Why You Should Choose a Durable Power of Attorney

Why It Matters:

  • A power of attorney gives someone the “power” to handle all of your legal and financial affairs.
  • A durable POA is quite straightforward in that it goes into effect upon signing and expires when you die.
  • If you don’t pick a POA, then it might be a matter for the courts to decide if something happens to you.

Everplans tkc.profilePicture Written by: Everplans
Nov. 22, 2017

5 Min readClock Icon

A durable power of attorney (DPOA) goes into effect as soon as the legal paperwork is signed and expires when you die. As long as you are deemed competent, you may revoke a DPOA at any time.

Reasons for establishing a durable power of attorney

Many people establish a DPOA when they get older and start experiencing difficulty managing finances. By appointing a power of attorney, the POA agent can handle paying bills, managing bank accounts, overseeing investments, and preparing and filing tax returns on your behalf, which becomes increasingly important as you age and are no longer able to handle these duties.

What happens if you don’t name a power of attorney?

If a POA isn’t named, a potential agent may apply to the court to be named your guardian or conservator. Compared to naming a POA, guardianship proceedings can be time-consuming, expensive, and stressful. In addition, there is the risk that the court may appoint someone as a guardian or conservator who you might not have chosen or preferred.

How much does it cost?

Naming a POA through a legal website generally costs under $50 and can cost as little as $15. If you establish a POA with an attorney, the costs may be higher but may still ultimately be less than the cost of a guardianship or conservator proceeding.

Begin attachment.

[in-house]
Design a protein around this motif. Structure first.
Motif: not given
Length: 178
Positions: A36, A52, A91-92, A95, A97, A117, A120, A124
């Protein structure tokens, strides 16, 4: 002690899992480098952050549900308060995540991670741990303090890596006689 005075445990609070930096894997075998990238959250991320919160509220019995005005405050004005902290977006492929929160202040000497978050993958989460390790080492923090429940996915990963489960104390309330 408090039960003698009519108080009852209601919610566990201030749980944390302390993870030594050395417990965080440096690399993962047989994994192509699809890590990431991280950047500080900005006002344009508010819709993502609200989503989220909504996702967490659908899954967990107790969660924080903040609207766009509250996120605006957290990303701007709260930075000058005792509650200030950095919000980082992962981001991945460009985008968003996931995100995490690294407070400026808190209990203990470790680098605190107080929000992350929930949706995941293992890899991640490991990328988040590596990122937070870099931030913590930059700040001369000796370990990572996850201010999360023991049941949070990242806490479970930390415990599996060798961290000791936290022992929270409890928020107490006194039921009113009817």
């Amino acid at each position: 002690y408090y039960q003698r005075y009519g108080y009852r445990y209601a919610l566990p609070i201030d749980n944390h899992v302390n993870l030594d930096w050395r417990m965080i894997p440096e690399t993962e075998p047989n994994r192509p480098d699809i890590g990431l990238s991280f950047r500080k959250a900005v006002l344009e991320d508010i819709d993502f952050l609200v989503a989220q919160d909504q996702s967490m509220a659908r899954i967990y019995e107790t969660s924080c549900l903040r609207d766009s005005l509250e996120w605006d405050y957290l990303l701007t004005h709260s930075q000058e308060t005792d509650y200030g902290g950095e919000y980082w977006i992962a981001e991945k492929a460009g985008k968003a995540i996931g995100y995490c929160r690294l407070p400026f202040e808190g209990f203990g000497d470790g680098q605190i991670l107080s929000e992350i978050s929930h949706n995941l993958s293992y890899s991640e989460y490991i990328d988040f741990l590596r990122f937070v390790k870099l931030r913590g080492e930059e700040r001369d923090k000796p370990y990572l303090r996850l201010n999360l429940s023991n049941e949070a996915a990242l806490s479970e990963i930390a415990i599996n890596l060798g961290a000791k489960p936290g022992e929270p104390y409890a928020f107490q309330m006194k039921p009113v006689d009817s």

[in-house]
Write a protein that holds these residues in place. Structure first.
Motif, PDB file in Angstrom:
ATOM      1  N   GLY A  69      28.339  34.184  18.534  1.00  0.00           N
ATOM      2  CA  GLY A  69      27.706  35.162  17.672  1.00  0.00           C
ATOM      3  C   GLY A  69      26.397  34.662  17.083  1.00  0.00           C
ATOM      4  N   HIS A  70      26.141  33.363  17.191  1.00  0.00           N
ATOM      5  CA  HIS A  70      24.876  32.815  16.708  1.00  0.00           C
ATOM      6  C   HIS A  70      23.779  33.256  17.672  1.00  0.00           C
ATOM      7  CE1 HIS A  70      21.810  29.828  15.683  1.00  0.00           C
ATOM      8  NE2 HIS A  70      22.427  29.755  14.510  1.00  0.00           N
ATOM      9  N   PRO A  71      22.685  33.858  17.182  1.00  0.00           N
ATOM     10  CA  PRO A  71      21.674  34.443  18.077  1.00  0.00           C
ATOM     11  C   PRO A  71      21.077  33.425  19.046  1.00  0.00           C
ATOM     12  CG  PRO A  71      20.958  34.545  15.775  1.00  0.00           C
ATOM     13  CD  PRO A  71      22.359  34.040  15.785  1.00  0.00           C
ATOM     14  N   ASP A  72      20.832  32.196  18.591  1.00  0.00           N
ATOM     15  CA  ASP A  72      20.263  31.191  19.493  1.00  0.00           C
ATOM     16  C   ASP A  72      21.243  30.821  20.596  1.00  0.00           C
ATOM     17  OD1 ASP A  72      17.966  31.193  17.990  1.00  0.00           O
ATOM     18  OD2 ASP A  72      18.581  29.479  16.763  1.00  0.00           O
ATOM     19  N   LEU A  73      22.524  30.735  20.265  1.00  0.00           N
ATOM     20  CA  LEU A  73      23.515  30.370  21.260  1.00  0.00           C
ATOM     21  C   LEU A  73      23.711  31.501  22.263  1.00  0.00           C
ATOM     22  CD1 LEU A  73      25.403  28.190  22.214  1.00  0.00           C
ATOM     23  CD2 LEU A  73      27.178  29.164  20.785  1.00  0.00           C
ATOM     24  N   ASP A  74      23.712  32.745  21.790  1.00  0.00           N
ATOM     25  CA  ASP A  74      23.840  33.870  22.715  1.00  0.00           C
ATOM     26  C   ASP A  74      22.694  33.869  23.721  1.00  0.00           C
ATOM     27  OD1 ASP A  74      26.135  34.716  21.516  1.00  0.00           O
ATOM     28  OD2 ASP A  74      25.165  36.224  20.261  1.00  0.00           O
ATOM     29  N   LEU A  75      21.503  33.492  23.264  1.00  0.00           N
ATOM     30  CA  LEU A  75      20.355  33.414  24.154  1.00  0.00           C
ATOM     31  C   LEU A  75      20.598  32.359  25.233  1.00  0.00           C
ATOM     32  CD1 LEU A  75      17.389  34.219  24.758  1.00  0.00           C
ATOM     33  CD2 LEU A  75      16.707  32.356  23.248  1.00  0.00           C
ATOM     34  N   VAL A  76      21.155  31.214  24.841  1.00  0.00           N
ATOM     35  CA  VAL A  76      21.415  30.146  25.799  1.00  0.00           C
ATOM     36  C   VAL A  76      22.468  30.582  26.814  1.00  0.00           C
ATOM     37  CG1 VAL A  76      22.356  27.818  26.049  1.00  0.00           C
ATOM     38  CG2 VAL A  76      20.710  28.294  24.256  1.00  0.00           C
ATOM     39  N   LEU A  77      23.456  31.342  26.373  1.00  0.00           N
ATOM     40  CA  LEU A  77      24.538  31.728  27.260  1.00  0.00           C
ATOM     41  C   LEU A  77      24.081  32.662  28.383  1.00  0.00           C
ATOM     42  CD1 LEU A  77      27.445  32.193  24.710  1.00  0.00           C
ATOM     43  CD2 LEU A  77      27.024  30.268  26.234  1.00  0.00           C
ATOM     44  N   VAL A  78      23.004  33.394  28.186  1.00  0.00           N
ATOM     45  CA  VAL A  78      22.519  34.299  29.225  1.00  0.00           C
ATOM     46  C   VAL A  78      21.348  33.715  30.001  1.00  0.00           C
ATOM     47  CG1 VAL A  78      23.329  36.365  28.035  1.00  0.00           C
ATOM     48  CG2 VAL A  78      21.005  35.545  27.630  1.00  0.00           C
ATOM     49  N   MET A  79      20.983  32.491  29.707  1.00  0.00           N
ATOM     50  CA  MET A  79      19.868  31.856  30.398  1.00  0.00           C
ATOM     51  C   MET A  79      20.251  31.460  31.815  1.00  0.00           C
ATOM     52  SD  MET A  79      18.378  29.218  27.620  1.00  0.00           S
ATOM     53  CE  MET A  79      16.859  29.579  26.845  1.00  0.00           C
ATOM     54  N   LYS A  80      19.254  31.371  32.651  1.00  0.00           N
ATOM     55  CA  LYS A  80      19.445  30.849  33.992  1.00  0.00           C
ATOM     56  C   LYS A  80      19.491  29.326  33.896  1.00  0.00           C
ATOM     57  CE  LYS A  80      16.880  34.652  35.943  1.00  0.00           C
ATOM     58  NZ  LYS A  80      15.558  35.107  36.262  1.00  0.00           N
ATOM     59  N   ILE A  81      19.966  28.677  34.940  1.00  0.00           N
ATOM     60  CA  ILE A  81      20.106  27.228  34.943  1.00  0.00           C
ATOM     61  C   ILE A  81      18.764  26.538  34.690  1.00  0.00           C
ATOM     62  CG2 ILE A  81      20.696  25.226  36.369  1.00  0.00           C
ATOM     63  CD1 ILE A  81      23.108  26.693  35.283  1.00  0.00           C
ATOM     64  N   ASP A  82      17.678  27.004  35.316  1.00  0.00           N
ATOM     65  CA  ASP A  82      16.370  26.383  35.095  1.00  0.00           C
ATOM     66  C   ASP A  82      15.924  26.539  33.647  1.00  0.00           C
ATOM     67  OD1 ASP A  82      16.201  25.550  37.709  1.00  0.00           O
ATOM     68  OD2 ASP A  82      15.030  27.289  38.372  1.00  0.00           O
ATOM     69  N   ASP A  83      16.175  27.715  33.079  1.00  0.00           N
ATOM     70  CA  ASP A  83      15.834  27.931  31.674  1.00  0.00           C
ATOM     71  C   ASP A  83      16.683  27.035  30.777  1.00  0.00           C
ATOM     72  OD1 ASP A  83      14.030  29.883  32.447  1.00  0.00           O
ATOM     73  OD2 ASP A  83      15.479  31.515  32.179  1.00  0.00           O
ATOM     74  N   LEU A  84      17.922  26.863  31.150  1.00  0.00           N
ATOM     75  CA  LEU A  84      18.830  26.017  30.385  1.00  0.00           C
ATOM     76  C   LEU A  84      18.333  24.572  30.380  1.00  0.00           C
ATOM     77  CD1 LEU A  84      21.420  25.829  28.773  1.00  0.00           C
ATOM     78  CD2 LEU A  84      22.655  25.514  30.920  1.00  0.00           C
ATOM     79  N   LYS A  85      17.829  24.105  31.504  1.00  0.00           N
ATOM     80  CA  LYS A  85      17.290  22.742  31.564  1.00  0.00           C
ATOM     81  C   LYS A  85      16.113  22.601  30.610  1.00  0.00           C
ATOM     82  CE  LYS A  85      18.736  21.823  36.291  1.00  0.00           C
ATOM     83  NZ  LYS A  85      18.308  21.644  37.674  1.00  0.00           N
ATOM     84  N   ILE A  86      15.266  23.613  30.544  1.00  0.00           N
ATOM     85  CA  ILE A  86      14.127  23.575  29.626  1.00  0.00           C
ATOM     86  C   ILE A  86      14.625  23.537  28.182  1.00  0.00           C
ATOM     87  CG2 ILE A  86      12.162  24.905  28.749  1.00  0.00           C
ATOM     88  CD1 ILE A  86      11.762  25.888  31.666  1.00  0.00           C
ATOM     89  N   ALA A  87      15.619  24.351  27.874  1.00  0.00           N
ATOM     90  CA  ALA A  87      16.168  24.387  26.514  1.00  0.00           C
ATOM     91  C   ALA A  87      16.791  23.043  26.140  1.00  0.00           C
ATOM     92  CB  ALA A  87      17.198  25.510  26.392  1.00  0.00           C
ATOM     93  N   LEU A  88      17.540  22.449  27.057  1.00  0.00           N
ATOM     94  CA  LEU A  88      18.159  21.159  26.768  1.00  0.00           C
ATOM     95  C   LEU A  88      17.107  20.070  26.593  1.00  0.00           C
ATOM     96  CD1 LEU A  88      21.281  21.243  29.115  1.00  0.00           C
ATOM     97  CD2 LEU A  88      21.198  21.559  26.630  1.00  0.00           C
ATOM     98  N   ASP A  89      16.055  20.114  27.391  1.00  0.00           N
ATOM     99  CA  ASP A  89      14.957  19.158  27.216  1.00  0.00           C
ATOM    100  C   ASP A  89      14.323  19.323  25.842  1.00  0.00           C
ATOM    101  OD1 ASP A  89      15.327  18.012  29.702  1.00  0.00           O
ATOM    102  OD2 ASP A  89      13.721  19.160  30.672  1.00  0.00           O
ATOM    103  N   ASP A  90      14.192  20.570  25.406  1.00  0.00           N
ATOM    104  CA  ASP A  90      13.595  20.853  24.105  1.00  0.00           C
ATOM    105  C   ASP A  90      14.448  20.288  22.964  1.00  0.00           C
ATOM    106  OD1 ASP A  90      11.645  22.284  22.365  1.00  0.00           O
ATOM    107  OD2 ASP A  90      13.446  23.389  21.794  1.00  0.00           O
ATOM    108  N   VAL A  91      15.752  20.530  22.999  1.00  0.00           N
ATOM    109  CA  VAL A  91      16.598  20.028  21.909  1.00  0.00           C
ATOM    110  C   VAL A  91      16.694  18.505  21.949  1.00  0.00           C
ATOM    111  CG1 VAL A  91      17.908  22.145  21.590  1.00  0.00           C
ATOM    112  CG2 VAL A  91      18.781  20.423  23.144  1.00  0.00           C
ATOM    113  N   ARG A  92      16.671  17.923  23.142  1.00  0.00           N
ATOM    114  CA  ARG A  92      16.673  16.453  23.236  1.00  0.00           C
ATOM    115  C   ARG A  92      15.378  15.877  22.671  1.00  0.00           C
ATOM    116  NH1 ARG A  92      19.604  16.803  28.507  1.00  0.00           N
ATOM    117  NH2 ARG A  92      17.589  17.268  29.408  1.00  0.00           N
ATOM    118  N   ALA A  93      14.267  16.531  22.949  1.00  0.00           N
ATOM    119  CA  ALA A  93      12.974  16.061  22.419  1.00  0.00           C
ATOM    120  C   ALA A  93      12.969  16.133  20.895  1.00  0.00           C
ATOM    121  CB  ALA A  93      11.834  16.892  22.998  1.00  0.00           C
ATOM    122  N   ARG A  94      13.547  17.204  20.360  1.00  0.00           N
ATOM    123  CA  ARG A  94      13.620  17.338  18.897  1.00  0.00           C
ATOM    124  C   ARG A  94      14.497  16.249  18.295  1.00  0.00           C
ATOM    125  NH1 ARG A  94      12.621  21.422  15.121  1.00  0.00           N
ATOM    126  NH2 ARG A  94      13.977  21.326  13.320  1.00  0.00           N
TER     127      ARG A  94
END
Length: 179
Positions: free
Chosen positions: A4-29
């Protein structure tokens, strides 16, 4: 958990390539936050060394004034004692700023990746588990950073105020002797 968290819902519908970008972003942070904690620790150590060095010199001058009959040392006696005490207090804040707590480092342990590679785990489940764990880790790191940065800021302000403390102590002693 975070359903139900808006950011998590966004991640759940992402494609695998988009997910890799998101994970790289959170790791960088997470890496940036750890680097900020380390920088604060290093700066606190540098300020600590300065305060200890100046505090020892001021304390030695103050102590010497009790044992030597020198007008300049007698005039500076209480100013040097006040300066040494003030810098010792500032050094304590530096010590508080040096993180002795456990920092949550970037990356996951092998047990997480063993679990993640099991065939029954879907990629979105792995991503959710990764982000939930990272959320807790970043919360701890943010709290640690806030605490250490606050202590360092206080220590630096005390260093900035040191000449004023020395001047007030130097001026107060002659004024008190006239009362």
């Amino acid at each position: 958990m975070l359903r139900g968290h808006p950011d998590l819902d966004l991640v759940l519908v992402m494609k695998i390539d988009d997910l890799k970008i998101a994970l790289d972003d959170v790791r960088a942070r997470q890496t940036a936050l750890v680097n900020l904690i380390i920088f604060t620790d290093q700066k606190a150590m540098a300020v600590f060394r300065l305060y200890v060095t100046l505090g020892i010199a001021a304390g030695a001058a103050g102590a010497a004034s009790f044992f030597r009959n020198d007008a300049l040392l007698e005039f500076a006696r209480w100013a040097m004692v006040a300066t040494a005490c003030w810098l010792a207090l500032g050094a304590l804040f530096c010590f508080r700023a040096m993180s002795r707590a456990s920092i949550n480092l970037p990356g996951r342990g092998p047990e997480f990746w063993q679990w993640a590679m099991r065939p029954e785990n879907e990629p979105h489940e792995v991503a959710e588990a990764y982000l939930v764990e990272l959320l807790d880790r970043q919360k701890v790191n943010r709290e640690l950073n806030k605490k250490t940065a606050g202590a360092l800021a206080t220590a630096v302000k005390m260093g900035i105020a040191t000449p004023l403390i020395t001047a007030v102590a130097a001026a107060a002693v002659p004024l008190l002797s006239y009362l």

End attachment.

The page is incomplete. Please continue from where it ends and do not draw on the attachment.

Things to Consider:

  • If you have any assets at all − home, car, bank accounts, investments − you could really benefit from naming a POA.
  • It’s important to pick someone you trust without question to serve as your durable POA.
  • If you don’t name a POA, and the courts are forced to assign someone, it might not be the person you want.
  • Rest easier knowing that if you have an accident or experience any form of diminished capacity, your finances are in good hands.

This article is provided by Everplans − a life and legacy planning company dedicated to transforming the way people get their families organized. For more information, visit:everplans.com

Neither Transamerica nor its agents or representatives may provide tax, investment, or legal advice. Anyone to whom this material is promoted, marketed, or recommended should consult with and rely on their own independent tax and legal advisors and financial professional regarding their particular situation and the concepts presented herein.

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